The habitat of caterpillar fungus in our study sites ranged from 4249 to 5100 masl in elevation, with rough and inclined terrains that were generally well drained with luxuriant grass vegetation. A total of 33 plant species were frequently associated with caterpillar fungus (Table S1, Supplemental Material, http://dx.doi.org/10.1659/MRD-JOURNAL-D-16-00075.S1). The most frequently occurring plant species were Bistorta macrophylla, Juncus thomsonii, and Saxifraga species along with other important medicinal plants such as Nardostachys grandiflora and Neopicrorhiza scrophulariiflora. The detrended correspondence analysis identified strong vegetation gradients (Figure 3). The first ordination axis, which explained 16.16% of the variation, showed a gradient from shorter herbs in shaded habitats (sometimes caused by shading of Juniperus indica) to habitats with tall herbs that prefer moderate dry and open habitats. The second axis, which explained 10.02% of the variation, showed a gradient from taller plant species such as Potentilla fulgens, Rhododendron anthopogon, and Rumex acetosa to shorter herbs (Androsace zambalensis, Carex species, Aconogonum molle, and Anemone polyanthes) preferring open to moist habitats.
Species composition identified by principal component analysis had a significant effect on the total number of caterpillar fungi. Specifically, the abundance of caterpillar fungus increased with higher plot loading along the canonical axis 1 (p < 0.04, R2 = 0.040) and decreased with higher plot loading along the canonical axis 2 (p < 0.001, R2 = 0.13). The associated plant species include B. macrophylla, J. thomsonii, Oxygraphis polypetala, Potentilla cuneata, P. fulgens, Primula macrophylla, Rheum australe, A. molle, Euphorbia stracheyi, and Carex species.
The most favorable soil for caterpillar fungus growth was acidic (pH 4.5–6.5) with a high percentage of sand (average 51.11), followed by silt (43.88), clay (3.95), and humus content (1.06). Soil nutrients showed high variations (for example, calcium 0.4–4.4 mg/g, magnesium 0.12–124 mg/g, nitrogen 1.86–22 mg/g, organic matter 4.9–30.2%, phosphorus 1.04–10.66%, potassium 22–154.5 mg/g, and cation exchange capacity 2.6–10.3 meq/100 g). Soil calcium was positively correlated with pH and cation exchange capacity and negatively correlated with phosphorus. Cation exchange was positively correlated with potassium, potassium positively with organic matter and negatively with pH, magnesium positively with nitrogen, organic matter negatively with pH, and pH negatively with phosphorus (Table 1).
Matrix of correlation coefficients of soil attributes. Significant correlations (p ≤ 0.05, N = 18) are marked in bold.
The first axis of the principal component analysis explained 38.58%, and the second axis explained 25.47% of the variation in soil data (Figure 4). The first axis showed a gradient from clay-sandy soils rich in magnesium and nitrogen to soils rich in silt, potassium, organic matter, and free cation exchange capacity. The second axis showed a gradient from calcium rich soils with high pH to acidic soils with high phosphorus, organic matter, and potassium content.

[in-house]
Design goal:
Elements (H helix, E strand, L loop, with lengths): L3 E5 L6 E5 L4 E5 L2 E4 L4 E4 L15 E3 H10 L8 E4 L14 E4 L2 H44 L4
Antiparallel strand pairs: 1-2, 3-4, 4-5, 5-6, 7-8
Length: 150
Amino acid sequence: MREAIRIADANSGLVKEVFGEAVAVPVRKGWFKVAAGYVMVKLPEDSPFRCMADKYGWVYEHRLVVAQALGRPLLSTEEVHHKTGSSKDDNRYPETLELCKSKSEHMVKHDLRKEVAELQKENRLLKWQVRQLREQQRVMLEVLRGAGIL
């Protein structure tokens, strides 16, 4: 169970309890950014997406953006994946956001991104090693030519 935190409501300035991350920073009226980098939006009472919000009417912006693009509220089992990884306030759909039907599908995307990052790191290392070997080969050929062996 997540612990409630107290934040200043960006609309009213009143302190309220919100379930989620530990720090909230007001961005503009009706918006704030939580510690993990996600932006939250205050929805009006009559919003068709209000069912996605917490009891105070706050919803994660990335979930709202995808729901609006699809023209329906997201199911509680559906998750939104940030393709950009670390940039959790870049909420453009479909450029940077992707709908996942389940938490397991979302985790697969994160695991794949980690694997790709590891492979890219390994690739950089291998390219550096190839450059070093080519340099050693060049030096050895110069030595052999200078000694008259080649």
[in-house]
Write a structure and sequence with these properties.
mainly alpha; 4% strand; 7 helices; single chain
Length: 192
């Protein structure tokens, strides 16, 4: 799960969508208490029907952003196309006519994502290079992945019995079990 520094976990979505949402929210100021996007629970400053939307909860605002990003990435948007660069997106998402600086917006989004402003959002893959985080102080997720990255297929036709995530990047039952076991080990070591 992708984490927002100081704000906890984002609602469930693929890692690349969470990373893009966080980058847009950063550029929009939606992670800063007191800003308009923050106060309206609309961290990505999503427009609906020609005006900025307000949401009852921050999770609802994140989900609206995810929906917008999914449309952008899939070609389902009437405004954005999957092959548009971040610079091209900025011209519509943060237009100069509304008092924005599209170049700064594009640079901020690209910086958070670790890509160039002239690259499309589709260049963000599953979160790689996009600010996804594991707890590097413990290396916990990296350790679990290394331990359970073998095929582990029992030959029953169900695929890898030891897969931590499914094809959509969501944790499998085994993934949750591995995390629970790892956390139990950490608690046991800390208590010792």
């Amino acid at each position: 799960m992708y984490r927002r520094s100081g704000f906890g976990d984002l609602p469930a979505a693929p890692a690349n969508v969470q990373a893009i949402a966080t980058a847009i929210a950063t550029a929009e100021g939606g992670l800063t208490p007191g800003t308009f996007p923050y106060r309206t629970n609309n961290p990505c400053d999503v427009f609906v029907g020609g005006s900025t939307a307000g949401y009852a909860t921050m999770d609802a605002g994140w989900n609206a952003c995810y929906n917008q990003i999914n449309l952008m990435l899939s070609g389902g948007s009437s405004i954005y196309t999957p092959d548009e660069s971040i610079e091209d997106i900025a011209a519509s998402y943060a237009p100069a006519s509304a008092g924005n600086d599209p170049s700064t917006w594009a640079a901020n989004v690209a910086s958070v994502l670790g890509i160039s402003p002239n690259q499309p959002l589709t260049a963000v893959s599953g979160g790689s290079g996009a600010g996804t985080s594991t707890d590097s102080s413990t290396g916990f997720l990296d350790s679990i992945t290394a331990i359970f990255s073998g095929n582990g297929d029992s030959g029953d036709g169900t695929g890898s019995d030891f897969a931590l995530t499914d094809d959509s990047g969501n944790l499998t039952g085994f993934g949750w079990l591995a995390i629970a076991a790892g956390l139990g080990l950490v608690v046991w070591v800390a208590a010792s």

The number of caterpillar fungi increased with increasing pH throughout our study sites (p < 0.001, R2 = 0.12) and decreased with increasing phosphorus content (p < 0.001, R2 = 0.13). The patterns for a single year were largely similar to the patterns for the whole dataset. In contrast to the number of caterpillar fungi, their fungal length, caterpillar length, and weight were independent of soil nutrients and vegetation composition.
Caterpillars hosting fungi collected during the field study were identified as the larvae of ghost moths (belonging to the genus Thitarodes genus). We recorded 1 more species of moth (Perissandria sikkima) and 1 species of butterfly (Parnassius hardwickii) at the same site, but we did not observe larvae of these 2 species forming caterpillar fungus. They might be potential host species. Larvae infected by a fungus tend to form caterpillar fungi that are golden brown in color with the fungal part developed on the head, light brown to gray (Figure 1). The fresh weight of a whole caterpillar fungus ranged from 0.7 to 1.8 g, and dry weight ranged from 0.2 to 0.5 g. The total length of caterpillar fungus ranged from 4.3 to 11.3 cm.
Discussion and conclusion
Caterpillar fungus was found on rough terrain and well-drained landscapes at high elevations in Dolpa, Nepal. These habitat conditions are similar to those found for the same fungus in Darchula (Chhetri and Lodhiyal 2008) and Dolpa (Devkota 2010) in Nepal, Bhutan (Cannon et al 2009), India (Singh et al 2010), and Tibet in China (Winkler 2008, 2010, 2012). The habitat was characterized by low temperature, short growing seasons, and heavy snowfall in winter. Devkota (2010) identified 15 major plant species associated with the caterpillar fungus, belonging to 10 families; in this study we recorded 33 plant species belonging to 16 families. The difference in numbers could be due to variations in microenvironmental factors such as slope, aspect, elevation, and soil conditions. Soil at higher elevations is typically low in nutrients (Tanner et al 1998) and less fertile with high sand content (Devkota 2010). In our study, we also found a high percentage of sand and a low amount of humus containing different soil nutrients.